Read This First

Welcome to our Shabbos Table!

We hope you enjoy this selection of short divrei Torah, presented to family and guests at our Shabbos table as a springboard for discussion. Each one is followed by a question. The responses shared at our table are enlightening, entertaining, and always thought-provoking.

Please share them at your own Shabbos table, and send us your most interesting responses. A selection of the best will be posted on the website, and eventually, included in a book. To respond, click on "Click here to respond" or email us at
responses@ourtable.org.

Parshas Behar #1

Keeping Shemittah

“Speak to the children of Israel, and say to them, “When you come to the land that I am giving you, the land will lie fallow, a Shabbos for Hashem” (Vayikra 25:2).

Parshas Behar begins with the mitzvah of Shemittah. In Eretz Yisrael, every seventh year is Shemittah, a Sabbatical Year. During Shemittah the land must be allowed to lie fallow, and that year’s produce is considered ownerless – anyone can take it. For those who make their living from agriculture, this is a mitzvah which demands enormous faith and inner strength. Even now, those who keep Shemittah are truly heroes.

Heroism

Chazal teach that the passuk, “those who are mighty and strong (gibborei koach), who obey His word” (Tehillim 103:20) refers to people who keep Shemittah. They describe the heroism of the farmer that year, as he overcomes his obvious desire to protest when he sees others taking over his property and the products of his labor: “He sees that his field is considered ownerless, and his trees are considered ownerless, and the fences [surrounding them] are breached. He watches as his fruits are eaten [by others], and he conquers his inclination and says nothing.” This farmer has triumphed over his natural tendencies in fulfillment of the mitzvah, demonstrating great strength and fortitude. Farmers who keep Shemittah are gibborei koach; as we learn in Avos (4:1), “Who is mighty? One who conquers his [evil] inclination” (Tanchuma, Vayikra 1).

Chazal provide further insight into the great heroism of the farmer who keeps Shemittah. Ordinarily, one fulfills a mitzvah for a day, or a week, or a month – but the Shemittah observer remains committed to this difficult mitzvah for an entire year (Yalkut Shimoni, Tehillim 860).

Question for Discussion:

When did you succeed in keeping a long-term commitment? Click Here To Respond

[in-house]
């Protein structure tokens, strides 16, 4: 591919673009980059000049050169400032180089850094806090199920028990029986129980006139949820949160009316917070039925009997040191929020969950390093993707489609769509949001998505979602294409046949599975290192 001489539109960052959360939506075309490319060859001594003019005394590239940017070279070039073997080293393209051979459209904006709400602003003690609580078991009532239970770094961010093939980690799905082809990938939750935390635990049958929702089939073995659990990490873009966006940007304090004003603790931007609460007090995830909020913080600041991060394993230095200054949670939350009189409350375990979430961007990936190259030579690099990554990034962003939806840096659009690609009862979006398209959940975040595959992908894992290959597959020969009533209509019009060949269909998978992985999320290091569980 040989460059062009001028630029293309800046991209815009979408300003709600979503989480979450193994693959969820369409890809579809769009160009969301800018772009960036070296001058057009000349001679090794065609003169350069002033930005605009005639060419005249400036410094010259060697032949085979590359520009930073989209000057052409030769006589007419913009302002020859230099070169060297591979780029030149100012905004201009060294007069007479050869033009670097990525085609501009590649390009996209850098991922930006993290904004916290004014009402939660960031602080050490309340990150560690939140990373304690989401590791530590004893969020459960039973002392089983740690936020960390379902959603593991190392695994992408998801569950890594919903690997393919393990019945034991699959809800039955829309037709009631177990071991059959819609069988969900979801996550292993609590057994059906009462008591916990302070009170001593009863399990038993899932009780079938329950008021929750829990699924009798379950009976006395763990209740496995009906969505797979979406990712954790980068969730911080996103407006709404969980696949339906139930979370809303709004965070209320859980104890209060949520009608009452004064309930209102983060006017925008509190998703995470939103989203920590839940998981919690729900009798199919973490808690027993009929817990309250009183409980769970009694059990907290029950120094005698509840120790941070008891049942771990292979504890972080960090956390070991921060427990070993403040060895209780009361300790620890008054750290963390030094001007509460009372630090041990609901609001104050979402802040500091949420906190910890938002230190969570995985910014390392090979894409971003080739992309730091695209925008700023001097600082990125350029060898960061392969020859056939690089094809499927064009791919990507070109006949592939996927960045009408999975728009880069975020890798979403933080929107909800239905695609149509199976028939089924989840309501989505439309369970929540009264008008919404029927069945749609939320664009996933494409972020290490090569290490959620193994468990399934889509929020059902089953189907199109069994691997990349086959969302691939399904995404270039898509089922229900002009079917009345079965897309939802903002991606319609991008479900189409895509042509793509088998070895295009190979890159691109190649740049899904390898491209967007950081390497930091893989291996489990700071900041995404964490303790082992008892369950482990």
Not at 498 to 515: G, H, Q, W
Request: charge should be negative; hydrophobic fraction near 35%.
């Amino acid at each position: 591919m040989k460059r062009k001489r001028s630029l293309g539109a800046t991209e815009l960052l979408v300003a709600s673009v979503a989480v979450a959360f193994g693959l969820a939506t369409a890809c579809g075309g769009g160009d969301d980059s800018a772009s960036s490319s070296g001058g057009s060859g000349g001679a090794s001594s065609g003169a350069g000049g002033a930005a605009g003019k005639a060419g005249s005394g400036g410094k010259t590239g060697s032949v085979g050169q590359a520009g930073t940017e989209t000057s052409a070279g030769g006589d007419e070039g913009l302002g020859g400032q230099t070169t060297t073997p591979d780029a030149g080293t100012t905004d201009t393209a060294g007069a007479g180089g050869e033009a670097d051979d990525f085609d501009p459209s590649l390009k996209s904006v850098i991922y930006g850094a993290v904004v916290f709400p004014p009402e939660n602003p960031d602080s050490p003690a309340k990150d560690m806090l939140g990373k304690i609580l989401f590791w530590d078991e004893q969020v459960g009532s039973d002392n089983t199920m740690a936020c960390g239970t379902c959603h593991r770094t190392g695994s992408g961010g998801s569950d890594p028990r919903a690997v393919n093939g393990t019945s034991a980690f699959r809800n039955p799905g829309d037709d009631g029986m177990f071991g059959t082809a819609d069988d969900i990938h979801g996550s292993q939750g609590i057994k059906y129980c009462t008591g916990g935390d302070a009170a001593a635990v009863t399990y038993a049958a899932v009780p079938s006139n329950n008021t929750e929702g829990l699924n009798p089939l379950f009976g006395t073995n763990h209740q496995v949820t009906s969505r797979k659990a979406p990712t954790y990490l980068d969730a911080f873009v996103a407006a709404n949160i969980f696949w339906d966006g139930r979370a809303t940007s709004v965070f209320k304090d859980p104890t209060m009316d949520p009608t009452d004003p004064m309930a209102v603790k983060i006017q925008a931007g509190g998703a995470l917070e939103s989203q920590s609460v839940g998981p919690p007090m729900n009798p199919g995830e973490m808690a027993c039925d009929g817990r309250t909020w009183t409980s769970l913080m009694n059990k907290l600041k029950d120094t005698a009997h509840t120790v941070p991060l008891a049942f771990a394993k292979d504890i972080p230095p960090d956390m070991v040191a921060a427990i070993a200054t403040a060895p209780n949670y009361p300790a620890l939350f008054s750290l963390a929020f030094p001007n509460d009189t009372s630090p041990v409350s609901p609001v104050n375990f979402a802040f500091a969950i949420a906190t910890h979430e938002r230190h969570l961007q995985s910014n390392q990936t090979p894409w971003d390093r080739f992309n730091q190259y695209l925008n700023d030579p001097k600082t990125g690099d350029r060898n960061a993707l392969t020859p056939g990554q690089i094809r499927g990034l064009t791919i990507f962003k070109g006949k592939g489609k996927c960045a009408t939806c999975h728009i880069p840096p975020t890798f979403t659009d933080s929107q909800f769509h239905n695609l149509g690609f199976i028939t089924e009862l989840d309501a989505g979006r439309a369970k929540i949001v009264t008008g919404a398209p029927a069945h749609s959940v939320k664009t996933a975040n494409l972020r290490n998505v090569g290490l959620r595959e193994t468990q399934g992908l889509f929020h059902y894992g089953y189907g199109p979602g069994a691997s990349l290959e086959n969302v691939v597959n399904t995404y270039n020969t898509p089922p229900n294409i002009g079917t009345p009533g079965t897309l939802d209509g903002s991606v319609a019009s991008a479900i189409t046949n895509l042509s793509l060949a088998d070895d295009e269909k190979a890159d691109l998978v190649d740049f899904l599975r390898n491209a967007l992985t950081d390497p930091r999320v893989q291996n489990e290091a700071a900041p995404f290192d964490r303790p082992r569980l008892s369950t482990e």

Response:

Tehila, an eighth-grader from Teaneck, New Jersey, invested years of independent study which eventually brought her to Jerusalem for the 2015 International Chidon HaTanach (Bible Contest). For three years, in addition to her regular schoolwork, Tehila studied Tanach daily, both on her own and with the help of coaches. She began getting up at 5:45 every morning to study, working her way up to six hours of extra study a day! In seventh grade she won first place in the United States Chidon for middle school students. The following year she was a United States representative at the International Chidon in Jerusalem. The youngest competitor among the top sixteen, she placed tenth among over seventy participants from around the world.

What helped her maintain motivation, and keep studying? As Tehila put it, it was having a goal in mind; first taking a moment to appreciate the significance of what she was doing; setting short term checkpoints along the way; and finding something new every time she studied, so that it was not just repetition.

Parshas Behar #2

Reaching Out

“If your fellowman becomes poor and his means diminish, with you nearby, you will support him, [also] the convert and the resident, so that he can live with you” (Vayikra 25:35).

A number of the mitzvos in Parshas Behar concern our dealings with others, including the obligation to come to the aid of those who are poor and struggling. With the mitzvah of v’hechezakta bo (“you will support him”), the Torah also teaches us the right time to step in and provide assistance: before the problem turns into a crisis.

Rashi, citing Toras Kohanim, writes that we should not wait until a fellow Jew hits bottom, and only then intervene. As soon as we become aware that he is having difficulties, we should offer to help. It is much easier to get him back on his feet at this early stage, than when the crash is total. Rashi compares it to attempting to lift an overloaded donkey. When the donkey first begins to stumble, one man on his own can still support it. Once it has collapsed, even five men working together will not be able to hoist the same donkey back up.